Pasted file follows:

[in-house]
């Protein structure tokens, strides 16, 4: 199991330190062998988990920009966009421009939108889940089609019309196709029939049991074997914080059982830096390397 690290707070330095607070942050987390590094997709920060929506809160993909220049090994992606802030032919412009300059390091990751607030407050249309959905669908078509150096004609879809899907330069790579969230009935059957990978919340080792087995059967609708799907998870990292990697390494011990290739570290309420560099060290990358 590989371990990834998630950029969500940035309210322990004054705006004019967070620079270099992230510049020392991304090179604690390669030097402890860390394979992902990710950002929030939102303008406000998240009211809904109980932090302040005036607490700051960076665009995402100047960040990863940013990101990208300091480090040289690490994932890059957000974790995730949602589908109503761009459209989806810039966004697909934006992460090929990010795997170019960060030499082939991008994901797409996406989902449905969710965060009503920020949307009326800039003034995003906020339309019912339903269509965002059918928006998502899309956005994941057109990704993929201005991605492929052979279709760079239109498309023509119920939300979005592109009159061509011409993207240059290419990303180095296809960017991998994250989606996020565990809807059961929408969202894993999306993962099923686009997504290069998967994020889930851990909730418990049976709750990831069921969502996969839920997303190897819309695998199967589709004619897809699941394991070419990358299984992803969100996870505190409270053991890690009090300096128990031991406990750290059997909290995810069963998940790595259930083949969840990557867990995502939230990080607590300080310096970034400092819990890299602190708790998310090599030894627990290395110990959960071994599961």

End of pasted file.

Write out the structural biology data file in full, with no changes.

[in-house]
């Protein structure tokens, strides 16, 4: 199991330190062998988990920009966009421009939108889940089609019309196709029939049991074997914080059982830096390397 690290707070330095607070942050987390590094997709920060929506809160993909220049090994992606802030032919412009300059390091990751607030407050249309959905669908078509150096004609879809899907330069790579969230009935059957990978919340080792087995059967609708799907998870990292990697390494011990290739570290309420560099060290990358 590989371990990834998630950029969500940035309210322990004054705006004019967070620079270099992230510049020392991304090179604690390669030097402890860390394979992902990710950002929030939102303008406000998240009211809904109980932090302040005036607490700051960076665009995402100047960040990863940013990101990208300091480090040289690490994932890059957000974790995730949602589908109503761009459209989806810039966004697909934006992460090929990010795997170019960060030499082939991008994901797409996406989902449905969710965060009503920020949307009326800039003034995003906020339309019912339903269509965002059918928006998502899309956005994941057109990704993929201005991605492929052979279709760079239109498309023509119920939300979005592109009159061509011409993207240059290419990303180095296809960017991998994250989606996020565990809807059961929408969202894993999306993962099923686009997504290069998967994020889930851990909730418990049976709750990831069921969502996969839920997303190897819309695998199967589709004619897809699941394991070419990358299984992803969100996870505190409270053991890690009090300096128990031991406990750290059997909290995810069963998940790595259930083949969840990557867990995502939230990080607590300080310096970034400092819990890299602190708790998310090599030894627990290395110990959960071994599961």